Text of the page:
Posted on July 23, 2011 by Tamara Frankel
This week I read the parsha ‘cover to cover’ and am stumped. There is a lot to talk about in the parsha: the status of women in Jewish (biblical) law, a gruesome (and vengeful) battle against idolators and the decision of two tribes to settle outside the Land of Israel. But somehow as I sit in front of my computer trying to compile a thought, question or comment on any one of these issues, my screen remains blank. My mind wanders to this article written by my teacher, Levi Cooper, that I read a few hours prior.
Levi writes about the descendants of the Chatam Sofer, Rabbi Moses Schreiber (1762-1839), who was a well-known leader of the Orthodox community of Central Europe, as it encountered the modern world. (My paternal grandmother was a direct descedant of his so I am particularly connected to this figure in Jewish History.) The Chatam Sofer believed that “what was new was forbidden from the Torah” (or in Hebrew חדש אסור מן התורה) – he wanted to preserve Tradition, devout ritual observance and social norms of Central European Jewry, no matter what innovations were taking place in the world.
But Levi continues to describe the fascinating evolution of this rabbinic line. He writes in his article:
“One of the Erlau Sofer grandchildren to survive – Rabbi Yohanan Sofer – began to resurrect the Sofer legacy in postwar Hungary, first in Budapest and later in Eger. Only in 1950 did he, together with a group of students, move to Jerusalem. At first they joined other scions of the Sofer family at the Pressburg Yeshiva in Jerusalem, but in 1953 Rabbi Yohanan and his students purchased rooms of the former Syrian consulate in the Katamon neighborhood of Jerusalem where they reestablished the Erlau Yeshiva.”
Although Rabbi Yochanan does not come from a hasidic background, he has adopted many of its customs. Having said that, Rabbi Yochanan (the Erlau rebbe) still retains and cherishes much of the Chatam Sofer’s creed.
When I learned this about the great-grandson of the Chatam Sofer, I was amazed. I was amazed at how much dynamism he brings to his Jewish identity; how even someone seemingly so dogmatic and principled is able to innovate and redefine the scope of his spiritual/religious ancestry.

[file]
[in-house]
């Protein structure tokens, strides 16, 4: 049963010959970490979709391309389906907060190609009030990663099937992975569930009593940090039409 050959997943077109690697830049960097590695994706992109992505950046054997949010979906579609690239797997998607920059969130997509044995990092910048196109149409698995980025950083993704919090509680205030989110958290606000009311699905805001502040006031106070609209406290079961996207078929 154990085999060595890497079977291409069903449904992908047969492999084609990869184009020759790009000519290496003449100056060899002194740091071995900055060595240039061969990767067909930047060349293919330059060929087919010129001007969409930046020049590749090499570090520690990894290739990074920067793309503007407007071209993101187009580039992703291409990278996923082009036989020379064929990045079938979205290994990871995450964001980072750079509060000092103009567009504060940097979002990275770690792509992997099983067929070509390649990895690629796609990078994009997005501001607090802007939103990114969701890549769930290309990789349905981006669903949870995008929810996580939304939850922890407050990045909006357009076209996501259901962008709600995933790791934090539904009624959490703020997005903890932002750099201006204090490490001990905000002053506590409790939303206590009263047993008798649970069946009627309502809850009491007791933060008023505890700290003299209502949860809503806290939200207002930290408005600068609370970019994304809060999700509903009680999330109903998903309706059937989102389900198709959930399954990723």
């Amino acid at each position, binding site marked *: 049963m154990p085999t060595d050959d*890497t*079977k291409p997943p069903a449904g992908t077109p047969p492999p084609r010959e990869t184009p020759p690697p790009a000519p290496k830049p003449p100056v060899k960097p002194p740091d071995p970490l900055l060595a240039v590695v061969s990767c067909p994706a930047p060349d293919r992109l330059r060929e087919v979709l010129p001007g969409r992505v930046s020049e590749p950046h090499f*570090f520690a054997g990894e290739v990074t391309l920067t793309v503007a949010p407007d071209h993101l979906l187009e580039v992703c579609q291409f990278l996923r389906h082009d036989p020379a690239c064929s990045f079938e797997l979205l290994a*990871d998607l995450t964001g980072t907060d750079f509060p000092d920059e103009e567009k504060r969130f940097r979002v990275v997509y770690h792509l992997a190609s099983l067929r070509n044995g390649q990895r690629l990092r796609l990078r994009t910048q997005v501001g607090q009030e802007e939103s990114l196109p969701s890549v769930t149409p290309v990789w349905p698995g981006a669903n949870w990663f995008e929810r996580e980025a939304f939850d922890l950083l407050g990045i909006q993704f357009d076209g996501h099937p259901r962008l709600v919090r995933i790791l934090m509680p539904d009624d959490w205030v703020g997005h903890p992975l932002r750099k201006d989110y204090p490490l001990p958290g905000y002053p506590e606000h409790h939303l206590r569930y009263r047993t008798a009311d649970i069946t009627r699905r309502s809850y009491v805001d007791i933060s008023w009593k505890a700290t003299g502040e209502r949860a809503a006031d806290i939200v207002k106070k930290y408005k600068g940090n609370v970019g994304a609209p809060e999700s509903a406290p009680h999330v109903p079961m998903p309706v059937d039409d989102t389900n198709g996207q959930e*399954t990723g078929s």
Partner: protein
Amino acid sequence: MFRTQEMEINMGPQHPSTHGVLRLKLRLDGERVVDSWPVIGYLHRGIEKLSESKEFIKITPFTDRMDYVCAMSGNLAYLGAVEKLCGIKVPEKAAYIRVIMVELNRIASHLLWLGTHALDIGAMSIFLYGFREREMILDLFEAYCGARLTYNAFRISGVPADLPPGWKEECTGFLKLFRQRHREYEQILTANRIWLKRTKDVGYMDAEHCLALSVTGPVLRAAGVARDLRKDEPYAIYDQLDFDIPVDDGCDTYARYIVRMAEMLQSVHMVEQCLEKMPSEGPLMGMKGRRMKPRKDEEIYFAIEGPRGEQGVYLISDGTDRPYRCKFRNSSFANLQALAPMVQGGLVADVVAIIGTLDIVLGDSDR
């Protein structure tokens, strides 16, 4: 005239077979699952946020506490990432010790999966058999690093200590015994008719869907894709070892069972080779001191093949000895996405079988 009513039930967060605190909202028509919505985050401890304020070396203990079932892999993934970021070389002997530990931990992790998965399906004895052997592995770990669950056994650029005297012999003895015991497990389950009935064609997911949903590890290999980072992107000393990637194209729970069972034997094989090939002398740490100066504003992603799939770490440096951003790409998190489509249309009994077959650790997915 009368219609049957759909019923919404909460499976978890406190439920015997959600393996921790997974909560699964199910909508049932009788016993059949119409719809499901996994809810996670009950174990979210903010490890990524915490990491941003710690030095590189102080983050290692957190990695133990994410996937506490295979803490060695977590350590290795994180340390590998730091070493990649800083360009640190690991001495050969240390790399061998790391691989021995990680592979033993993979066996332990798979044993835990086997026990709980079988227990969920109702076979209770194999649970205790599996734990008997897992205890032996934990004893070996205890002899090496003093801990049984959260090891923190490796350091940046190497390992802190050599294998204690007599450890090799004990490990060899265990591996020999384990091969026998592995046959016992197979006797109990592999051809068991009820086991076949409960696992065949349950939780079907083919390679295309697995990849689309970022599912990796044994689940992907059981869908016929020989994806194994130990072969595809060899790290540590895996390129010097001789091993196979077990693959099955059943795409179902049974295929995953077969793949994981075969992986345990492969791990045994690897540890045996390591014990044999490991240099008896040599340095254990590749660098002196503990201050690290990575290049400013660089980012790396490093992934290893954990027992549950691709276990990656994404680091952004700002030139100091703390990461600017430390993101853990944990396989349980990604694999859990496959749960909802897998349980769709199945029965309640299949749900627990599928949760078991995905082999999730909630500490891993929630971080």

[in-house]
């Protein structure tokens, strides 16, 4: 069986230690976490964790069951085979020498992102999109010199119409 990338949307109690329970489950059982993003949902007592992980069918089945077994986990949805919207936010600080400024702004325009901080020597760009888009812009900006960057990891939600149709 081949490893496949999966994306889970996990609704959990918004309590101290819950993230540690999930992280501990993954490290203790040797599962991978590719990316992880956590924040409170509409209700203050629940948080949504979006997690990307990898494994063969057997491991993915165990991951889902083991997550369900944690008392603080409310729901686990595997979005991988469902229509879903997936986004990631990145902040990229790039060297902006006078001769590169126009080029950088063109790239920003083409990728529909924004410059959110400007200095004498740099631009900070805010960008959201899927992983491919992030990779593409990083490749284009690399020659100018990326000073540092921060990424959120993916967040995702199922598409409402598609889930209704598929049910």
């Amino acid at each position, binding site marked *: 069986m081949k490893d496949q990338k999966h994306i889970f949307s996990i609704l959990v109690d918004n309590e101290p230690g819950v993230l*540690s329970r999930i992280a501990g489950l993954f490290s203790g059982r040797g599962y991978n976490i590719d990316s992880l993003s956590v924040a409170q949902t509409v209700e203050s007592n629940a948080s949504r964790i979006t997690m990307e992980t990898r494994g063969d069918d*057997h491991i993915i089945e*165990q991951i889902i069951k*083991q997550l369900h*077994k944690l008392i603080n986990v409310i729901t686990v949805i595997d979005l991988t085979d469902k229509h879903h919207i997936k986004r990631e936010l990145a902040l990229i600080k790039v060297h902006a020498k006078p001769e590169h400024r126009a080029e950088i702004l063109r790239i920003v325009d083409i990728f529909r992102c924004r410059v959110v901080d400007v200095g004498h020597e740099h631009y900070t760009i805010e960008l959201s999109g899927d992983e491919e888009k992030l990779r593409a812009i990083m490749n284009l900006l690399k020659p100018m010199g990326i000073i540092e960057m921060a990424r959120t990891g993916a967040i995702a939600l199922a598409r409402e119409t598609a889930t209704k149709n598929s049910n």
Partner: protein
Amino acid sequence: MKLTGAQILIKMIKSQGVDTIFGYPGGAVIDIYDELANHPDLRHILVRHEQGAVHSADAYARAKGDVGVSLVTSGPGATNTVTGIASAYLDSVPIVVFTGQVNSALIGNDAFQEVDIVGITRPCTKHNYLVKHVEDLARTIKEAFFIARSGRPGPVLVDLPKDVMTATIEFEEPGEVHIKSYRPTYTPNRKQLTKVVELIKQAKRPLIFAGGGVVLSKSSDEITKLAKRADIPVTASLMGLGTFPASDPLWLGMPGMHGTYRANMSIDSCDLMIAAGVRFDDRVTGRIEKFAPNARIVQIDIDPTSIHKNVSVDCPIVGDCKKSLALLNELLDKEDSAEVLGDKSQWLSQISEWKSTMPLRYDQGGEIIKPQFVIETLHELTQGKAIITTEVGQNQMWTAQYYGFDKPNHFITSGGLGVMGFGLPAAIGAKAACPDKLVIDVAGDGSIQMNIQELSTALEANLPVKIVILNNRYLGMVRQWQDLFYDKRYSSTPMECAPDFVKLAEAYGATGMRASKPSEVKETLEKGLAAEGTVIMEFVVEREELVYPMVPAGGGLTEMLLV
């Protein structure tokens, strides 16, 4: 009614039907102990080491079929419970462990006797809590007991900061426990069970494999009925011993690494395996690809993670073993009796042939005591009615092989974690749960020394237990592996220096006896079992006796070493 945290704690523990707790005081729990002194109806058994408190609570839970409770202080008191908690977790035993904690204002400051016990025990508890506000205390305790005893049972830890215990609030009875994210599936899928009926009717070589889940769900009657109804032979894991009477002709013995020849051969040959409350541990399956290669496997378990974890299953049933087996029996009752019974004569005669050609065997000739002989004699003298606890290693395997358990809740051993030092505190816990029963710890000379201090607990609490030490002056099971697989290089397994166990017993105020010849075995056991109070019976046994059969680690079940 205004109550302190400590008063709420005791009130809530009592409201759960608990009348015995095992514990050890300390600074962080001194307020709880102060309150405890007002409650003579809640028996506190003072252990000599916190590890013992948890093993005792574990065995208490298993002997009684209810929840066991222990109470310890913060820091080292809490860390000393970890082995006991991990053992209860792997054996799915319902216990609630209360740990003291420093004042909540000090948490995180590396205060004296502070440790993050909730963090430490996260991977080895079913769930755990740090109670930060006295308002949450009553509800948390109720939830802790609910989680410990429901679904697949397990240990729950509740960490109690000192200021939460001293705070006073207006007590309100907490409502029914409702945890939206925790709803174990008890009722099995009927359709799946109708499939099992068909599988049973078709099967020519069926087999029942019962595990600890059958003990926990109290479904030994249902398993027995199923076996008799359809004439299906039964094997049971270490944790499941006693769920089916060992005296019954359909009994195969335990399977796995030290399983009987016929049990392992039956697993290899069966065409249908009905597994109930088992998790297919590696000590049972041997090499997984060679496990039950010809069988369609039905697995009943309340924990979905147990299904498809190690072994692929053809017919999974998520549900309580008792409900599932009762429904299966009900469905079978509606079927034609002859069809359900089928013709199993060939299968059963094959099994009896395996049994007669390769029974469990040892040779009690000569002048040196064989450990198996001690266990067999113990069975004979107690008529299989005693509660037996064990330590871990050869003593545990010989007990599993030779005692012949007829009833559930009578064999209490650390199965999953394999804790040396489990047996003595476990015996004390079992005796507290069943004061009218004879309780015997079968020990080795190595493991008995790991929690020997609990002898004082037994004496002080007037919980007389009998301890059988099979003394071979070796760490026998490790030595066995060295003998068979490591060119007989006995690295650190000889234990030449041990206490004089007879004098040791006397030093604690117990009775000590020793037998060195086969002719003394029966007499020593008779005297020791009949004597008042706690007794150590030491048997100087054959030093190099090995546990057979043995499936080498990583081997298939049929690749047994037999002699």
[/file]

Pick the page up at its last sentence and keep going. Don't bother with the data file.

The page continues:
Reading about the two and a half tribes who chose to live in the Transjordan, outside the Land of Israel, I wonder if they had hoped for the same. Maybe they believed that their relocation would not automatically cut them off from the ethics and way of life of their brothers and sisters in Israel. Maybe they believed that their sense of peoplehood transcended space. And maybe they even believed that they could tweak their spiritual practices to include some of their neighbours’ practices of spiritual/personal betterment. Maybe their Jewish identities were fluid.
In this sense, I think these tribes were ahead of their time: they could foresee that they would eventually confront new communities with new conventions, and therefore would be called upon to struggle and continually redefine their Jewish selves. What makes me Jewish now? Is it the same as what characterized my ancestors as Jewish? How can I be Jewish in my new context?
But the Torah does not simply let these tribes go off into the distance and live as they wish. They are required to assist the nation in settling the Land of Israel. And God is certainly not happy with their decision to settle outside the land. So what, then, are we to make of these tribes’ choice to leave the other tribes and live in the Diaspora?
I don’t know. I don’t know if I am even in a position to judge the actions of thes tribes. But I do know from my own experience living in the Diaspora, and even living in Israel when much of world Jewry lives outside its borders, that I am constantly bombarded with new art, changing political-economic circumstances, personal challenges and professional choices all the time. And in order for my Jewish self – my sense of community, my observance of Jewish law, my heart and soul – to survive, I must balance my commitment to my heritage while allowing my Jewish identity to be fluid and open to creativity.
To borrow from Viktor Frankl (no relation), no matter how grounded I am in Jewish Tradition, I will always be a woman in search of meaning. Maybe this is the lesson of the two and a half tribes who wanted to settle outside the land, and that of the great-grandson of the Chatam Sofer.
May the search for meaning continue!